Energy of the device can be used

harvesting relates to the practice of scavenging small amounts of energy from
ambient environmental sources (e.g. wind, water, heat, vibration) in order to
power either some small, low power electronic system directly, or to charge an
electrical storage reservoir (usually a rechargeable battery or capacitor) that
can be used to power a higher power application at time intervals.

 Much of what has been learnt about energy
harvesting has been learnt in the last fifteen years or so, and it is enough to
fuel the promise that many electronic systems can have built-in energy
harvesting functionality in the future. However, at present the low amounts of
power that can be delivered from energy harvesting devices is proving a barrier
to adoption of the technology. Device optimisation is one way in which the
power density of a harvesting device can be significantly improved. Another way
in which the power output can be enhanced is through the use of the ‘harvesting
circuitry’; i.e. the circuitry that is usually connected to the output of the
harvesting device to condition and/or manage the electrical power output. In
this thesis, both of these avenues are explored. In regard to device
optimisation, an analytical model of a piezoelectric cantilever-based vibration
energy harvesting device is developed whose resulting expression for the power
output of the device can be used as an objective function in a computer-based optimisation
algorithm. The required inputs to the optimisation problem are the target
resonant frequency for the device and constraints for the volume of the device.
The output is a design (i.e. the dimensions) for a device that is geometrically
optimised for maximum power output. In this thesis, the developed model is used
in conjunction with a conjugate gradient optimisation algorithm, provided by
Mathcad 2000 Professional software (Parametric Technology Corporation/Mathsoft,
MA, USA). The resulting 2 harvesting device design was found, through
experiment, to be capable of producing a maximum power output of 370.37µW for a
volume of 1cm3 and a resonant frequency of 87Hz. This achieved power level is
amongst the highest of power densities reported in the literature to date. In
regard to the harvesting circuitry, this thesis also proposes a novel
harvesting circuit concept for the purpose of obtaining an enhanced power
output. The suggested circuit is based on a combination of a charge pump-type
circuit and the Synchronised Switch Harvesting on Inductor (SSHI) technique,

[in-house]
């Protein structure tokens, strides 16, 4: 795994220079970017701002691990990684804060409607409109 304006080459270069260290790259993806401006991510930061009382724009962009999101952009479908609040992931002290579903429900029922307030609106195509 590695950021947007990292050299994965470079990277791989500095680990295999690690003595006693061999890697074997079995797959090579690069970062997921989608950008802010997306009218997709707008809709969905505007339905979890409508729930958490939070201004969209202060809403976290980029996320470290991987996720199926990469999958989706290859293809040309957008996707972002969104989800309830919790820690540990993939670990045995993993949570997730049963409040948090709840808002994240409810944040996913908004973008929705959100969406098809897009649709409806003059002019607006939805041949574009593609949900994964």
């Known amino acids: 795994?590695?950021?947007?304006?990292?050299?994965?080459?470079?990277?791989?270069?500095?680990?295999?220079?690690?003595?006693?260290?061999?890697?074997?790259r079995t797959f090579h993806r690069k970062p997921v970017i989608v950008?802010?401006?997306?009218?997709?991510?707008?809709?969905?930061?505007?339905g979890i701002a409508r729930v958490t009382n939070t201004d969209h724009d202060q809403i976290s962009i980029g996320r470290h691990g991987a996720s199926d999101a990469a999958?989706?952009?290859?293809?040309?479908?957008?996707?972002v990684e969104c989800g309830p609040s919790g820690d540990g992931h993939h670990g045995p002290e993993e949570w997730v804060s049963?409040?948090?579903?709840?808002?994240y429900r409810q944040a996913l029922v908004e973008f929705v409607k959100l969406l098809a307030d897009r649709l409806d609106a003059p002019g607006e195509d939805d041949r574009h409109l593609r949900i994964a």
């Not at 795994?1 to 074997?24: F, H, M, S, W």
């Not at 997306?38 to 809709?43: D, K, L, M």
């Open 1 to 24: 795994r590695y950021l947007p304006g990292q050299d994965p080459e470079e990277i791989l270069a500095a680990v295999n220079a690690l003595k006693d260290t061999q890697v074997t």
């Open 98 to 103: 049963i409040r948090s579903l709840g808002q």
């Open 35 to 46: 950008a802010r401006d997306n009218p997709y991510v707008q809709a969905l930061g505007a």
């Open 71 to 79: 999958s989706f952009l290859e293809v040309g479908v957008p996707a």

which is a technique that is known to increase the power output of
piezoelectric energy harvesters by as much as 900% 1. By combining these two
functions in the manner that has been conceived in this thesis, the functions
become mutually conducive to the aim of enhancing the power output of a
piezoelectric generator. Aside from taking advantage of the voltage boosting
effect the SSHI technique is known for, the particular implementation of the
technique adopted in this thesis also enables a charge pump-type circuit to
collect charge during the whole of each AC cycle of the piezoelectric generator
output, rather than for just part of it as occurs with the commonly-used bridge
rectifier circuit. Therefore, in the new harvesting circuit concept suggested
in this thesis, at least two mechanisms are in place for enhancing the power
output of a piezoelectric vibration energy harvester. In addition,
consideration has been given to allow conditioning of the harvested power such
that a regulated DC supply, which is the preferred format for most electronic
device and systems, might be obtained. The result is a circuit that is capable
of producing over three times the amount of DC power than the standard bridge
rectifier circuit for the same input vibration conditions, with additional
provision for easy formatting of the power to form a regulated supply. 3 This
first chapter of the thesis presents the motivation for carrying out the
research, describes the context in which the research fits, specifies the aims
and objectives, and presents the contribution of the research. The chapter ends
by presenting an overview of the methodology used and describing the rest of
the thesis structure.

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